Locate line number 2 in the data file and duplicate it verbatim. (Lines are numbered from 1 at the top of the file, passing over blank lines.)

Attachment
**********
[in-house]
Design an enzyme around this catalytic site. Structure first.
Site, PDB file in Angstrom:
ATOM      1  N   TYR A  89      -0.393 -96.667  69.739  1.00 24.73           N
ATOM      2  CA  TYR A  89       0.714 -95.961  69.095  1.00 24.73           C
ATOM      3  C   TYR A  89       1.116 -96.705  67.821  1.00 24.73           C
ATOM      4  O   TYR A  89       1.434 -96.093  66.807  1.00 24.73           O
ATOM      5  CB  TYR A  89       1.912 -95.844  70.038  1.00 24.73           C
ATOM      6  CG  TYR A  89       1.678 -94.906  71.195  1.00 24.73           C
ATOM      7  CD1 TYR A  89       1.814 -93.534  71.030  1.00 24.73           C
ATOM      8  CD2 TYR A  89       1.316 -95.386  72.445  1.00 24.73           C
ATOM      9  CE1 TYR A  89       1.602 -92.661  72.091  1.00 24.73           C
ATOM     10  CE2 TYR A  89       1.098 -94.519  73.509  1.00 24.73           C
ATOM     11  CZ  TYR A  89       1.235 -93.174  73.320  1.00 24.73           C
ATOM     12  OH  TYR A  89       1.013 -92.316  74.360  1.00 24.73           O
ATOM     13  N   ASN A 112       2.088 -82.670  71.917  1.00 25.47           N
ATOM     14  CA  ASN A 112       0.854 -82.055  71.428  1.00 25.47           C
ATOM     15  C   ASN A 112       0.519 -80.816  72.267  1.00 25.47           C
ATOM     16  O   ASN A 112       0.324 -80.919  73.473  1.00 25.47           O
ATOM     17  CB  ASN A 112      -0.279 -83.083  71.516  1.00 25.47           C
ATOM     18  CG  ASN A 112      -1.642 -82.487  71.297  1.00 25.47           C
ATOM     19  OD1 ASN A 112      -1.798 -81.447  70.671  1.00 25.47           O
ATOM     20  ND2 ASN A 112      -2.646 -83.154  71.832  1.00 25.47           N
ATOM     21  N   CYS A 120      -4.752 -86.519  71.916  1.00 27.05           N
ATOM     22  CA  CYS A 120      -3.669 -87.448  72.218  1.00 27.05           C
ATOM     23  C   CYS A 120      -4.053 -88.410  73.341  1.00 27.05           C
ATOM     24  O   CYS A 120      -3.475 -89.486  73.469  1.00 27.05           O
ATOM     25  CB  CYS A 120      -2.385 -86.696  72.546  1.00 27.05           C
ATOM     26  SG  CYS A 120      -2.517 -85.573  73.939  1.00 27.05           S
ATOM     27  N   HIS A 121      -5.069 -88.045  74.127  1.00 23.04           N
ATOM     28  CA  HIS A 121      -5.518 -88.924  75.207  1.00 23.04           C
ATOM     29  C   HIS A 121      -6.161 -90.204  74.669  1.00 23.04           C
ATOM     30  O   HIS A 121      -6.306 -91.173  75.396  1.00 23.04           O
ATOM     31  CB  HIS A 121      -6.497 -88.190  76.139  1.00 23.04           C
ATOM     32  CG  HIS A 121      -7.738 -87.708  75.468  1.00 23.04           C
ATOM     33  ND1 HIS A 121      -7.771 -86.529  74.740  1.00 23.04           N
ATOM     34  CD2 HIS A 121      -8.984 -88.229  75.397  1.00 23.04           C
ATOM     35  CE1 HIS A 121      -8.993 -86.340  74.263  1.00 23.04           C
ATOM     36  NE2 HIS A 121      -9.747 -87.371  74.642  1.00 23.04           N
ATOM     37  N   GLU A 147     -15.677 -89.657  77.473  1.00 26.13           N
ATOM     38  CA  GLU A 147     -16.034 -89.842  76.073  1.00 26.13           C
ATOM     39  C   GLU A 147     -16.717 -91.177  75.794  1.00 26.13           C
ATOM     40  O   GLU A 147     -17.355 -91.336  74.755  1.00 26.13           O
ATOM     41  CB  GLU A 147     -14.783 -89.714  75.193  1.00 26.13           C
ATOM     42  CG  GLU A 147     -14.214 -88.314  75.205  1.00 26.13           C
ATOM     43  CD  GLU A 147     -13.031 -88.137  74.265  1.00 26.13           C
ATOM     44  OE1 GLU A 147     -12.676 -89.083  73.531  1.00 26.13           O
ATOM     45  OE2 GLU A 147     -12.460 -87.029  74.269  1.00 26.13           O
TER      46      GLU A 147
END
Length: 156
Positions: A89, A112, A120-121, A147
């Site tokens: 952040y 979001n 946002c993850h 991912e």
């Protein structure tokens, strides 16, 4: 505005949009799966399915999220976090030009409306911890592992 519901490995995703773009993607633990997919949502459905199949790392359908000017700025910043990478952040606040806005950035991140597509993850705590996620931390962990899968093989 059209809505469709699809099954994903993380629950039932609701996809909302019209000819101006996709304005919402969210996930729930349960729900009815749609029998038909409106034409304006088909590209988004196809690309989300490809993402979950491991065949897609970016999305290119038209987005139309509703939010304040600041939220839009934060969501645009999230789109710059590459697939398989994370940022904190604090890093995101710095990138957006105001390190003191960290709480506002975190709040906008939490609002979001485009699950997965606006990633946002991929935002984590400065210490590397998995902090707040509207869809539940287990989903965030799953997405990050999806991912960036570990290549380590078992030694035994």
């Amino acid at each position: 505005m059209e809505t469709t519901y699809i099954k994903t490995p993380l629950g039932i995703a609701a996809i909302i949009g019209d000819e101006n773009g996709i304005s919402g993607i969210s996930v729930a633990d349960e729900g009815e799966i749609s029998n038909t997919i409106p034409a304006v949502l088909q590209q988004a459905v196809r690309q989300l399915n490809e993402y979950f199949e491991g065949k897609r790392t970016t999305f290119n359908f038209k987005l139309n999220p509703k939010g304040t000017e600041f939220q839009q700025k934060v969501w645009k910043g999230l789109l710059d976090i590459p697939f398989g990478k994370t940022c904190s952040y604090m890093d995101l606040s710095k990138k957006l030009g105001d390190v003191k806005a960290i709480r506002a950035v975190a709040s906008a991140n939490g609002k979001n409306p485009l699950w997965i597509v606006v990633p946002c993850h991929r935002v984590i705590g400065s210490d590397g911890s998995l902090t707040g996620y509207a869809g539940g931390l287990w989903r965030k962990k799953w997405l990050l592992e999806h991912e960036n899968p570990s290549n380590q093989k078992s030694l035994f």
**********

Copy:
Design an enzyme around this catalytic site. Structure first.